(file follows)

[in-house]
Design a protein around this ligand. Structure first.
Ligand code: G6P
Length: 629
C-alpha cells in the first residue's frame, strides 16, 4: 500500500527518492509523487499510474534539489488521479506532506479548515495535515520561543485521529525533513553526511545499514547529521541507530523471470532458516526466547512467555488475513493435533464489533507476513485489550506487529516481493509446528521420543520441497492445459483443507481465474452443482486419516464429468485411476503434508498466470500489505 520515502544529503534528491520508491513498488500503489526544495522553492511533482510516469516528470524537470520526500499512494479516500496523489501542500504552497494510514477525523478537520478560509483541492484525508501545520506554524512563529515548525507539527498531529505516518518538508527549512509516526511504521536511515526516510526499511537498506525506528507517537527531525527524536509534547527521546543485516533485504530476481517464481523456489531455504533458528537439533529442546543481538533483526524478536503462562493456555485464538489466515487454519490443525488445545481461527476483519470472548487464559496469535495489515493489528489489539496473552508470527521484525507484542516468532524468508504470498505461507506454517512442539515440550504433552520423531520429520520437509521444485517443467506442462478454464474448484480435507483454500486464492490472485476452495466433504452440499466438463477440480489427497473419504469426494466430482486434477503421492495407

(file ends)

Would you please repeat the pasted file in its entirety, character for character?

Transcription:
[in-house]
Design a protein around this ligand. Structure first.
Ligand code: G6P
Length: 629
C-alpha cells in the first residue's frame, strides 16, 4: 500500500527518492509523487499510474534539489488521479506532506479548515495535515520561543485521529525533513553526511545499514547529521541507530523471470532458516526466547512467555488475513493435533464489533507476513485489550506487529516481493509446528521420543520441497492445459483443507481465474452443482486419516464429468485411476503434508498466470500489505 520515502544529503534528491520508491513498488500503489526544495522553492511533482510516469516528470524537470520526500499512494479516500496523489501542500504552497494510514477525523478537520478560509483541492484525508501545520506554524512563529515548525507539527498531529505516518518538508527549512509516526511504521536511515526516510526499511537498506525506528507517537527531525527524536509534547527521546543485516533485504530476481517464481523456489531455504533458528537439533529442546543481538533483526524478536503462562493456555485464538489466515487454519490443525488445545481461527476483519470472548487464559496469535495489515493489528489489539496473552508470527521484525507484542516468532524468508504470498505461507506454517512442539515440550504433552520423531520429520520437509521444485517443467506442462478454464474448484480435507483454500486464492490472485476452495466433504452440499466438463477440480489427497473419504469426494466430482486434477503421492495407